Fig. 3. Lower Bering Glacier on 26 March 1993, relatively soon after surge onset. Undulations on the glacier surface have in the central valley, north of the Grindle Hills, and are most pronounced over an apparent bedrock high just south of Hills (arrow 1, cf. Fig. 2).

Fig. 4. By 18 October 19 93 the entire terminus was advancing, most significantly in the central area of Vitus Lake (bracket the entire lowerglacier was heavily fractured by the surge. Ice flow around elevated subglacial bedrock can be seen near end of the terminus (bracket 1; cf. Figs 2 and 3). Arrow 2 indicates ice advancing over a point of land (cf. Fig. 2). Arrows two (of many) areas of pronounced crevassing.

Fig. 5. Four sequential surge-front positions overlaid on a SAR subscene of lower Bering Glacier acquired on 19 May 19 93, illustrating how polygons were used to measure the propagation velocity of the surge front. (The terminus and surge-front positions are digitized to an accuracy of one pixel, 30 m. The line widths shown are exaggerated for clarity.)

Figure 2 depicts lower Bering Glacier on 22 November 1992, approximately 4 months before the apparent time of surge onset. The mountains near right center are the Grindle Hills (Fig. 1). The surface of the glacier is relatively smooth. The closely spaced lineations along the western (left) edge of the subscenes are medial moraines that have been folded during previous surges (Post, 1972), and which separate Bering Glacier from Steller Glacier (a major tributary that is out of view to the west). The terminus of the glacier appears as the sharp difference in brightness at the bottom of the images where the glacier calves into proglacial Vitus Lake. The bright arcuate bands perpendicular to the terminus are medial moraines.

Figure 3 shows the lower glacier on 26 March 1993, soon after the onset of the surge. (This image could not be terrain-corrected because of errors in the original SAR data.) No images are available between 22 November 1992 and 26 March 1993. The dark glacier surface at the center of the Bering piedmont lobe is thought to be caused by the presence of water in the surface snow. Obvious displacement had not yet occurred, but the surface had taken on a perceptibly hummocky appearance north of the Grindle Hills (top right), suggesting the onset of accelerated motion (Gudmundsson and others, 2003). This is discussed further below under “Time and Area of Onset”.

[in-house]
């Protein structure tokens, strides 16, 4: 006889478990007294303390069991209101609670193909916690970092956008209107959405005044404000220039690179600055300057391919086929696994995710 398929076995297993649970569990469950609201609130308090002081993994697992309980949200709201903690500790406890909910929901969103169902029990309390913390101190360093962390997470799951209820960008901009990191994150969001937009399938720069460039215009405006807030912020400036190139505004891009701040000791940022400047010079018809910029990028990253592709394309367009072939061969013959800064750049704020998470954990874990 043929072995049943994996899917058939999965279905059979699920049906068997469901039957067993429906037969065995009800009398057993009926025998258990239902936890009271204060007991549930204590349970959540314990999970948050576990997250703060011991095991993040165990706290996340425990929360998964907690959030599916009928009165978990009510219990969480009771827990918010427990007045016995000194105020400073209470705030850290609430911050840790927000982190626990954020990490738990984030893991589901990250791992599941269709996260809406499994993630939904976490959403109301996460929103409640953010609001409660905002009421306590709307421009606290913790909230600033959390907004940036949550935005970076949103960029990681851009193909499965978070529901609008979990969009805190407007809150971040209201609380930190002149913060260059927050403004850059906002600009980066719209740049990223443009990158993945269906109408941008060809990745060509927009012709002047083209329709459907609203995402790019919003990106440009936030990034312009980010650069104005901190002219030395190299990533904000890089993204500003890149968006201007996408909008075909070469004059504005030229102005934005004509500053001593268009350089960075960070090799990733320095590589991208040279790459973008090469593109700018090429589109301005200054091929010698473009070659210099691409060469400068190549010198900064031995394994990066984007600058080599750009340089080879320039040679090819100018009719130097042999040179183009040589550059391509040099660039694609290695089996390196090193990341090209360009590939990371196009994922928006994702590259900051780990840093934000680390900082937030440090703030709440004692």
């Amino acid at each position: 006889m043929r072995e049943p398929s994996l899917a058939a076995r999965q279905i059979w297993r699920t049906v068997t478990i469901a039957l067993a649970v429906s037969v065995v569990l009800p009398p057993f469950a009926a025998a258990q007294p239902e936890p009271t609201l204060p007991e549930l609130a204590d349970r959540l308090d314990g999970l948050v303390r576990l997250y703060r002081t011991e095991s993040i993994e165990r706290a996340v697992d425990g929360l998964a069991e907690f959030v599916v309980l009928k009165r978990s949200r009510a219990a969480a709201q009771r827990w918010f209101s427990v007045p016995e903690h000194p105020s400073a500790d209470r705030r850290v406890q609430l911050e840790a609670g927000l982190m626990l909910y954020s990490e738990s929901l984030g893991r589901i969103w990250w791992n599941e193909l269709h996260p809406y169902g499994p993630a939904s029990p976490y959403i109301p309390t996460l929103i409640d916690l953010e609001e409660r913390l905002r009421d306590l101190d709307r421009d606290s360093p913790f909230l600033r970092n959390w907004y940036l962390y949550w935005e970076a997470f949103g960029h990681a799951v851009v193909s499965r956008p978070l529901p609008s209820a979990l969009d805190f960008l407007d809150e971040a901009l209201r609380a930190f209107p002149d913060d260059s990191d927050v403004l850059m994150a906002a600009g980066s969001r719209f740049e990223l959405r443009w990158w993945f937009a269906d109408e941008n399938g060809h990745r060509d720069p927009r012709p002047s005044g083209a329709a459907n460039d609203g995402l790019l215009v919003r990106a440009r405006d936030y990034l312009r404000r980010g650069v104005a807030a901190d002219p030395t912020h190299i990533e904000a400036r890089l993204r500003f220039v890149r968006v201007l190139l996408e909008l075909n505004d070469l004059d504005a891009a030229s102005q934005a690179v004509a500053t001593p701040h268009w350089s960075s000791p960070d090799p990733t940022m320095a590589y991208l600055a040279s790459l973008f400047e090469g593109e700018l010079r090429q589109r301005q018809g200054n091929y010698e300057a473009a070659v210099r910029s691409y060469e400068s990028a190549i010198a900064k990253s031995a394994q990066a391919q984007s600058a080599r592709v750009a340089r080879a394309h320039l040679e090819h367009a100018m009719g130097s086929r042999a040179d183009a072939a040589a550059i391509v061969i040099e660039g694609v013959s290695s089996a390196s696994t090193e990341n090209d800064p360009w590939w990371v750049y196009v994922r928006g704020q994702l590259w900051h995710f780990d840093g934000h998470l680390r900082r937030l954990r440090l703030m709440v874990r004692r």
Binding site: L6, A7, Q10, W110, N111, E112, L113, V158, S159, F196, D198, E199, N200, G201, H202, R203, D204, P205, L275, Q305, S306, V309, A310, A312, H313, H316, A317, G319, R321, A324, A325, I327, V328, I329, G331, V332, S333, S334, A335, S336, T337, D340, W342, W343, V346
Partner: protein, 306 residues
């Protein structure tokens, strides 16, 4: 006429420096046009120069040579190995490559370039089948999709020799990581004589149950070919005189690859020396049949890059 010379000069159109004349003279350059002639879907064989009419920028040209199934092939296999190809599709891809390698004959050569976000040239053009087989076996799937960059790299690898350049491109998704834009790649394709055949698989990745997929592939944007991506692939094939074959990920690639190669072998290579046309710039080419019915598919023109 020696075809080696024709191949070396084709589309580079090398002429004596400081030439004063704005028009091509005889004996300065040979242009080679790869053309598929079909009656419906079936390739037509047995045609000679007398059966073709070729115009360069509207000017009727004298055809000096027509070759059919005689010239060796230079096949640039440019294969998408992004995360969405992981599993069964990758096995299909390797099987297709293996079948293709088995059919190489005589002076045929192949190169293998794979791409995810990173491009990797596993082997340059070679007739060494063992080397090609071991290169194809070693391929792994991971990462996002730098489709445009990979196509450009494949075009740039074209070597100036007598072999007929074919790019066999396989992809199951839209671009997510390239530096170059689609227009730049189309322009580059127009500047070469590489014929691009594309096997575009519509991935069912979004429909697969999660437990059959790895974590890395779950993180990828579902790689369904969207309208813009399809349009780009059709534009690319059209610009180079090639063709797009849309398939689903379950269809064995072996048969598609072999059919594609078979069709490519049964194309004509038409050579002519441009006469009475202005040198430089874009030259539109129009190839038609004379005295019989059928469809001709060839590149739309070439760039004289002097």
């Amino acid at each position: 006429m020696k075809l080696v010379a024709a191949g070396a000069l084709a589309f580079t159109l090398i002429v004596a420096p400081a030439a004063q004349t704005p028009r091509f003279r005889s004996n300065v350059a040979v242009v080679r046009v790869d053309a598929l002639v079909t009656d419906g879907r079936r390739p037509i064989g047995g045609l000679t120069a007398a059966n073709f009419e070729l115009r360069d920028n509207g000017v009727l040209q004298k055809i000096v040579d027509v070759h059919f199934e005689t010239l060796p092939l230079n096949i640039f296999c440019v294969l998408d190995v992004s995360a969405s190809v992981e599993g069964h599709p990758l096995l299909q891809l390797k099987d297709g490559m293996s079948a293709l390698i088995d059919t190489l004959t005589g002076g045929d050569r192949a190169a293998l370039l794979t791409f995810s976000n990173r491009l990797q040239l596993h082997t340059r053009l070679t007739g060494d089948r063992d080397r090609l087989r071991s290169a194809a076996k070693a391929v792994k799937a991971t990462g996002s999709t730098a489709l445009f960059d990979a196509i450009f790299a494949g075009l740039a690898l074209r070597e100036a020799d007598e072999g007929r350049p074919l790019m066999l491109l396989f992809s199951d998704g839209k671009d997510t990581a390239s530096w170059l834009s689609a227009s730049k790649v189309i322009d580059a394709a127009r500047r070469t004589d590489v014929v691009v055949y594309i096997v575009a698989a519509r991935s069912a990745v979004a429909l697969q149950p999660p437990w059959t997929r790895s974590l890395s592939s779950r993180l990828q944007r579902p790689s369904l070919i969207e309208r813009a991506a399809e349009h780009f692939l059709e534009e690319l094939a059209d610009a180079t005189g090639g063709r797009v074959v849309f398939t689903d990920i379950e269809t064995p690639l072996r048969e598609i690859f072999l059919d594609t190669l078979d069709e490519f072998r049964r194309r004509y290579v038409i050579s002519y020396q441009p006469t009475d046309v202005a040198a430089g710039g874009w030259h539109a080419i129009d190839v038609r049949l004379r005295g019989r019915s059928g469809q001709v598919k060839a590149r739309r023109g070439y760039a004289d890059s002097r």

By 25 August (image not shown), the western end of the terminus, near the surface debris band, had begun advancing into Vitus Lake. Across the remainder of the ice front, the surge had not quite reached the terminus. On 24 August, Bering Glacier was observed during a low-altitude flight by K. Echelmeyer and M. Nolan, of the Geophysical Institute, University of Alaska Fairbanks. The widespread undulations distributed across the lower glacier surface were clearly visible in oblique aerial photographs taken by M. Nolan (personal communication, 1993). The photos suggest the undulations were roughly tens of meters to 100 m in height. The surface of the piedmont lobe contrasted strongly with the smooth, near-stagnant surface observed during late June 1993 (Lingle and others, 1993). According to M. Nolan (personal communication, 1993), heavy iceberg calving into Vitus Lake had not yet begun along most of the terminus by this date, except at the western end.

The propagation velocity of the surge front (see below) and the position of the front immediately above the terminus on 25 August (image not shown) indicate that the surge front reached the terminus shortly after that date. By 13 September (image not shown), the entire glacier surface had been deformed by the surge. SAR brightness variations across the surface of the glacier indicate widespread bulging and undulation. The crevasse fields seen developing in summer were widespread throughout the piedmont lobe and main trunk farther upstream. The arcuate medial moraines intersecting the terminus were obliterated. Heavy calving resulted in a continuous band of brash ice and icebergs near the terminus.

By 18 October (Fig.4) the terminus was advancing across its entire length, most notably into the central and western portions of Vitus Lake, marked “4”. Warping of the medial moraines above the western inlet of Vitus Lake (at left) was more pronounced. Active calving was occurring and the western (left) two-thirds of Vitus Lake was filled with icebergs. The ice is seen flowing around and over an area of elevated subglacial bedrock near the western end of the terminus, marked “1” (cf. Fig. 2). The terminus is advancing over a point of land (arrow 2) (cf. Fig. 2). Heavy crevassing had become widespread and pronounced (see, e.g., arrows labeled “3”). Field observations indicated that the crevasses were typically orthogonal.

Propagation Velocity and Terminus Advance Rate

The terrain-corrected SAR images of Bering Glacier were used to measure the propagation velocity of the surge front and the rate of advance of the terminus into proglacialVitus Lake. Four sequential positions of the surge front are shown in Figure 5. The surge front is defined as the leading (down-glacier) edge of the area of bulges on the glacier surface appearing in Figure 5 (from 19 May 1993). Observations made both in the field and with SAR imagery showed that the surge propagated to the terminus as a distributed region of ice bulges on the glacier surface, rather than as a single surge front as in the case of the 1982–83 surge of the much smaller and narrower Variegated Glacier (Kamb and others, 1985). By 13 September (image not shown) the surge front had reached the terminus, which was advancing rapidly.